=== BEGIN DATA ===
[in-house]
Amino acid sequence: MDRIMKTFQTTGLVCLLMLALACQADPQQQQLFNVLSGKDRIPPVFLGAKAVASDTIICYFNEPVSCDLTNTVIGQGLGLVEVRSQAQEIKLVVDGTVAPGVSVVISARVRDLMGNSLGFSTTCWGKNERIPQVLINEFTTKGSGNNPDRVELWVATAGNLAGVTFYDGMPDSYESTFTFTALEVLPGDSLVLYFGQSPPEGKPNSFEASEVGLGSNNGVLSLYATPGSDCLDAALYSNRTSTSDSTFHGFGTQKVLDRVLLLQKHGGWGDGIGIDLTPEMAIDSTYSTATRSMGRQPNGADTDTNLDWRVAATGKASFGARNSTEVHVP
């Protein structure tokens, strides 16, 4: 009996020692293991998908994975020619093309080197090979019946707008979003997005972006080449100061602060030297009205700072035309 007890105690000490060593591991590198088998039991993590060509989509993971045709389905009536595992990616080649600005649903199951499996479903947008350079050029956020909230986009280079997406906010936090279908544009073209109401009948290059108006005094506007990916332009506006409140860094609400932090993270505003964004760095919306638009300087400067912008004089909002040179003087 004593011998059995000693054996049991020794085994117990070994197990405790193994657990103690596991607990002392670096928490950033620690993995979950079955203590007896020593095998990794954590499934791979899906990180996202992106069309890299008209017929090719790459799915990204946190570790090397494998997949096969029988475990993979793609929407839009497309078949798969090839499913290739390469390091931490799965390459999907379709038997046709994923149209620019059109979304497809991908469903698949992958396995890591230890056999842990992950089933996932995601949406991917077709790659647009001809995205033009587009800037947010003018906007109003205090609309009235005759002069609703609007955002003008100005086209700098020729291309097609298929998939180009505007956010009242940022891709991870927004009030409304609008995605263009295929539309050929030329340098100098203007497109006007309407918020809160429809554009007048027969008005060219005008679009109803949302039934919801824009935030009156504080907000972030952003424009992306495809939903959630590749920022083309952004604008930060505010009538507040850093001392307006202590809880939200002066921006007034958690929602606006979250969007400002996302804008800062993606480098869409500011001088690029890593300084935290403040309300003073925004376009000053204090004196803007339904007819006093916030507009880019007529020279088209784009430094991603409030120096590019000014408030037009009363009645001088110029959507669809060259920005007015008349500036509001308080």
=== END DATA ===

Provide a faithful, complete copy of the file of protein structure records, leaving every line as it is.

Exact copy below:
[in-house]
Amino acid sequence: MDRIMKTFQTTGLVCLLMLALACQADPQQQQLFNVLSGKDRIPPVFLGAKAVASDTIICYFNEPVSCDLTNTVIGQGLGLVEVRSQAQEIKLVVDGTVAPGVSVVISARVRDLMGNSLGFSTTCWGKNERIPQVLINEFTTKGSGNNPDRVELWVATAGNLAGVTFYDGMPDSYESTFTFTALEVLPGDSLVLYFGQSPPEGKPNSFEASEVGLGSNNGVLSLYATPGSDCLDAALYSNRTSTSDSTFHGFGTQKVLDRVLLLQKHGGWGDGIGIDLTPEMAIDSTYSTATRSMGRQPNGADTDTNLDWRVAATGKASFGARNSTEVHVP
């Protein structure tokens, strides 16, 4: 009996020692293991998908994975020619093309080197090979019946707008979003997005972006080449100061602060030297009205700072035309 007890105690000490060593591991590198088998039991993590060509989509993971045709389905009536595992990616080649600005649903199951499996479903947008350079050029956020909230986009280079997406906010936090279908544009073209109401009948290059108006005094506007990916332009506006409140860094609400932090993270505003964004760095919306638009300087400067912008004089909002040179003087 004593011998059995000693054996049991020794085994117990070994197990405790193994657990103690596991607990002392670096928490950033620690993995979950079955203590007896020593095998990794954590499934791979899906990180996202992106069309890299008209017929090719790459799915990204946190570790090397494998997949096969029988475990993979793609929407839009497309078949798969090839499913290739390469390091931490799965390459999907379709038997046709994923149209620019059109979304497809991908469903698949992958396995890591230890056999842990992950089933996932995601949406991917077709790659647009001809995205033009587009800037947010003018906007109003205090609309009235005759002069609703609007955002003008100005086209700098020729291309097609298929998939180009505007956010009242940022891709991870927004009030409304609008995605263009295929539309050929030329340098100098203007497109006007309407918020809160429809554009007048027969008005060219005008679009109803949302039934919801824009935030009156504080907000972030952003424009992306495809939903959630590749920022083309952004604008930060505010009538507040850093001392307006202590809880939200002066921006007034958690929602606006979250969007400002996302804008800062993606480098869409500011001088690029890593300084935290403040309300003073925004376009000053204090004196803007339904007819006093916030507009880019007529020279088209784009430094991603409030120096590019000014408030037009009363009645001088110029959507669809060259920005007015008349500036509001308080």